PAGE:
LOS ANGELES: Will audiences pay to see a new movie on the big screen if they can see the same title at home from their comfort? Before the pandemic, the reaction of theater operators and cinema purists would have been a resounding ‘no’.
‘The Little Things’, a crime thriller starring Denzel Washington and Rami Malek, topped the box office charts, debuting $ 4.7 million from 2,171 venues in North America. At the same time, it was available to HBO Max subscribers at a monthly fee that is less than one movie ticket in some parts of the country. “The Little Things” is one of 17 films by Warner Bros. which appears simultaneously in cinemas and on the HBO Max streaming service.
In normal times, the cash reception would cause disasters. But today is actually one of the stronger opening weekends of the COVID era. HBO Max did not report how many viewers chose to stream ‘The Little Things’. Warner Bros. and its parent company WarnerMedia, however, said the film was “recorded immediately after number 1” on HBO Max. It is unclear what the criterion means.
“We are absolutely delighted with how Warner Bros. ‘The Little Things’ performed on HBO Max – it immediately shot up to number one, where it currently stands,” said HBO Max CEO and general manager Andy Forssell.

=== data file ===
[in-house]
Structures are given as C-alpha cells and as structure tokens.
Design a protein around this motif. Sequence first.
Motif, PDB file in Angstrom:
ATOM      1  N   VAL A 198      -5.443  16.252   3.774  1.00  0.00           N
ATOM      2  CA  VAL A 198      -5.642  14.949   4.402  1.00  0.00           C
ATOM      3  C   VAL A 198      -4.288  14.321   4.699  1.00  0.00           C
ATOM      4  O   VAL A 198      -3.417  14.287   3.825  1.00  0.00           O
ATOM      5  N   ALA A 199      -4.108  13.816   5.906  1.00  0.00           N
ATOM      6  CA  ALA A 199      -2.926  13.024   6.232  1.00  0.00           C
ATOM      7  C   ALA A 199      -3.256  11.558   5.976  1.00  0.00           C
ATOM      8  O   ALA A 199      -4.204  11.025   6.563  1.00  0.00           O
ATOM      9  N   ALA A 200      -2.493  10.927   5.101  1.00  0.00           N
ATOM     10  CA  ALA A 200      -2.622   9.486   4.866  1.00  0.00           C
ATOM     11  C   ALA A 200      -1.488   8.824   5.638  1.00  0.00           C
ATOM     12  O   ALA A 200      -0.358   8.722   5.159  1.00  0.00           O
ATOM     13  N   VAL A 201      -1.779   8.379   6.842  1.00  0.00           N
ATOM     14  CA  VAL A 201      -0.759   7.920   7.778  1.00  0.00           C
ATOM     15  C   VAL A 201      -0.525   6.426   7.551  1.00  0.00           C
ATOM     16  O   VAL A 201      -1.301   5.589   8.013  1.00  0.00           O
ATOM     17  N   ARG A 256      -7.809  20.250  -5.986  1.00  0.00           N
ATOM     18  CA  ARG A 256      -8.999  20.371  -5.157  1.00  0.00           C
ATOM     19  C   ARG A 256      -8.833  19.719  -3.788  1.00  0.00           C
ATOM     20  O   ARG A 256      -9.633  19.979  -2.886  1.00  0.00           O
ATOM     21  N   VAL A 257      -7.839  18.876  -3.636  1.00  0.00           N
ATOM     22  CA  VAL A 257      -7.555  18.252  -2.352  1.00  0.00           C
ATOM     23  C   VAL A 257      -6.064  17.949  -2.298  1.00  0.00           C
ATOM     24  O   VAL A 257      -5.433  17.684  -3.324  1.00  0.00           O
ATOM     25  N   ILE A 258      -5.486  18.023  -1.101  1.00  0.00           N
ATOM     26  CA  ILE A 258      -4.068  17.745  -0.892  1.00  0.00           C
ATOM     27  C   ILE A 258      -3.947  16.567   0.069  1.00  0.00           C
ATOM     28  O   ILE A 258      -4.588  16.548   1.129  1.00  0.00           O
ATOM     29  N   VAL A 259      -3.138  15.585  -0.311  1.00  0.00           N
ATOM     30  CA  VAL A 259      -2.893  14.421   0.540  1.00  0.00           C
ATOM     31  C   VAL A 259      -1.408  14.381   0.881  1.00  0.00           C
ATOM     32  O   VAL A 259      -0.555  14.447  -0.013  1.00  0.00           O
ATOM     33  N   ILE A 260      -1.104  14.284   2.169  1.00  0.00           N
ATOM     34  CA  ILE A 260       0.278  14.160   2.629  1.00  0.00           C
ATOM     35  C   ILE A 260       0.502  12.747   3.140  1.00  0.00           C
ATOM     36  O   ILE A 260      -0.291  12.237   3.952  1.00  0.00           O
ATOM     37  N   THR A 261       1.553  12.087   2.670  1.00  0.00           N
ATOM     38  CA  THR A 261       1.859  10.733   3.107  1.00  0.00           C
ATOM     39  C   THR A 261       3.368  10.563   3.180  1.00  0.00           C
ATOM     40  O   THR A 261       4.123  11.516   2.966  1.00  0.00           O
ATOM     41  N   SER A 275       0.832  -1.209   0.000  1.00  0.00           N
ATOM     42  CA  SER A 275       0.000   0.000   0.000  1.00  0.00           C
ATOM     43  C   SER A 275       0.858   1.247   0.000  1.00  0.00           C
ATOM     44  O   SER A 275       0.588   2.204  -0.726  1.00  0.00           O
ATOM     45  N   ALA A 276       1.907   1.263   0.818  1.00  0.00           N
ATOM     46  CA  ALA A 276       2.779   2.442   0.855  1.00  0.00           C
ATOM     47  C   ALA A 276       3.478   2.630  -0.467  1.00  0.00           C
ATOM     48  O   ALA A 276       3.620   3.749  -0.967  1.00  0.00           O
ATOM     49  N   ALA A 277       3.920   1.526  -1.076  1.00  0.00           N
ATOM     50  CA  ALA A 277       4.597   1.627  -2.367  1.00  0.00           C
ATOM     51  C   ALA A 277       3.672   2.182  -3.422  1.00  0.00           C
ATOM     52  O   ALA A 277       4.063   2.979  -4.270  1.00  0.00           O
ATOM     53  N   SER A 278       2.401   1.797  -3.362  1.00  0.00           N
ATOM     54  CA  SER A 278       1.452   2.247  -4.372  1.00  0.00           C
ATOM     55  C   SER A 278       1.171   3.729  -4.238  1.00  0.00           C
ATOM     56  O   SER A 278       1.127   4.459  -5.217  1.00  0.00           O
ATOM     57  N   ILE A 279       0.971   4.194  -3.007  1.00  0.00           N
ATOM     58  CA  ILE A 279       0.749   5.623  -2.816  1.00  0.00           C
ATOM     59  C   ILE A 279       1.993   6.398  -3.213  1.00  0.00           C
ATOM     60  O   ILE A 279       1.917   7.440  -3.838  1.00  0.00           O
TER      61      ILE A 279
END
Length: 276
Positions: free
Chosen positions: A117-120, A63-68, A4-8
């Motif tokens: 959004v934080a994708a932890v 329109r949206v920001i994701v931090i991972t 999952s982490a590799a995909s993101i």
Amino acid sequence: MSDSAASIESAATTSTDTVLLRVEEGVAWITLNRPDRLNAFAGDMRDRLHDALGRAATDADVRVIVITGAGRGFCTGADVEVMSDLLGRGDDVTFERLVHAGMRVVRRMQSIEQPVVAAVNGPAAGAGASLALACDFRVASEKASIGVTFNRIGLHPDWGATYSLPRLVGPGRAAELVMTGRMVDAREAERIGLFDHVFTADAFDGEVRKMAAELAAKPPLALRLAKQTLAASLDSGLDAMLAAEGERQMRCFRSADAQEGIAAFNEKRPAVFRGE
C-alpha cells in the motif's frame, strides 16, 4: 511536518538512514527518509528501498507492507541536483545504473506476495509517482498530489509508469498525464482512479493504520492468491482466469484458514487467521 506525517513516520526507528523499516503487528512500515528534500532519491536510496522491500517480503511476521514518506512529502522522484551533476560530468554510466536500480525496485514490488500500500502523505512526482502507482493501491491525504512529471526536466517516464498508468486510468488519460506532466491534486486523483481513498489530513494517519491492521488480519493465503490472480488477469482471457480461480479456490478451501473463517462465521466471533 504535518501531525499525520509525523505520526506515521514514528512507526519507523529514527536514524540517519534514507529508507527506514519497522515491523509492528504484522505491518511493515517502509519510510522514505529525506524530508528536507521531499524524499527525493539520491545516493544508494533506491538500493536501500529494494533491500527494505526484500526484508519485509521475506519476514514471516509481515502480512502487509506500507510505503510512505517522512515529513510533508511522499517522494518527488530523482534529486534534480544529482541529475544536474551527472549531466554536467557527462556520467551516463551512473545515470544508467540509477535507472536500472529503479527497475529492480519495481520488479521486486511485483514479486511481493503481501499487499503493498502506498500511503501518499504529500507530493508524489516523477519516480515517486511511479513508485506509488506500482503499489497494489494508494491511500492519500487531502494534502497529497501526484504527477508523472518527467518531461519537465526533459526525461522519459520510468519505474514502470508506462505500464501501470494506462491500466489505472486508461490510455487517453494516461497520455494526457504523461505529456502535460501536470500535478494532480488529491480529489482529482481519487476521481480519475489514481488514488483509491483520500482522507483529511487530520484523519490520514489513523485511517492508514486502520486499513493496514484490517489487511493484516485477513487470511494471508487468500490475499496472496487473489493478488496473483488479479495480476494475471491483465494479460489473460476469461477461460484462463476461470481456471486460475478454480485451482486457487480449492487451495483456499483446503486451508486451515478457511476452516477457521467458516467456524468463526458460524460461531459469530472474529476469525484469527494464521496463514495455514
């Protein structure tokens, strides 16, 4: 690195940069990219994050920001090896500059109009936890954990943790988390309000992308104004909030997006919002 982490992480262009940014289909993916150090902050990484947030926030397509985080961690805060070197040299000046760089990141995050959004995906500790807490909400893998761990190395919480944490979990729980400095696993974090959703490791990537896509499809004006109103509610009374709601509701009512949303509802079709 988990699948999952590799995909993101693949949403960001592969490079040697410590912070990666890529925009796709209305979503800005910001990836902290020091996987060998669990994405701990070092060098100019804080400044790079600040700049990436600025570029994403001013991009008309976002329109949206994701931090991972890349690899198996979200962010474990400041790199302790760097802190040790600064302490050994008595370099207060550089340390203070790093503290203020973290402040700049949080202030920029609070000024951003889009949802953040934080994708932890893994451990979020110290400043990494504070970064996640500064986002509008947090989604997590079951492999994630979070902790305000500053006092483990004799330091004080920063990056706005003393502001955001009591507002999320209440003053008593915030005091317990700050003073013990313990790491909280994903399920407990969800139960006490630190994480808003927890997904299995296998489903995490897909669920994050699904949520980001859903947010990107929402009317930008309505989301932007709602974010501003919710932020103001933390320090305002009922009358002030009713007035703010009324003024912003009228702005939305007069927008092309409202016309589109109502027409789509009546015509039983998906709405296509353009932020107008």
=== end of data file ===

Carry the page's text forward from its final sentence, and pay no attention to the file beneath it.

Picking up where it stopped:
“After the breakthrough success of ‘Wonder Woman 1984,’ ‘The Little Things’ shows the insatiable appetite we’ve heard for high-quality feature films.’
John Lee Hancock directed ‘The Little Things’, in which two police officers try to catch a serial killer. Overseas, where HBO Max is not yet available, ‘The Little Things’ starts with $ 2.8 million from 18 countries.
The R-rated action film had the strongest showing in Russia with $ 1.1 million in sales, followed by Saudi Arabia with $ 871,000.
These are still gloomy times for movie theater operators. Any film exhibitors hoping to get ticket sales back to pre-pandemic levels by 2021 have been stimulated by another round of delays with the launch date. Earlier in January, MGM postponed the James Bond sequel “No Time to Die” from April to October.
This prompted rival studios to re-release their films that were planned in early 2021, such as ‘Morbius’, ‘Ghostbusters Afterlife’, ‘Cinderella’ and ‘A Quiet Place Part II’. It is also widely expected that Universal ‘Fast & Furious’ will delay delivery ‘F9’ (on May 28) and that Disney will bump up the Marvel adventure ‘Black Widow’ (May 7), which will clear the movie calendar to at least. June. If that happened then it would be a devastating blow to those on the big screen. By the summer, it will be more than a year since theaters operate at normal levels. Most American places have gone ten months without much – if any – income.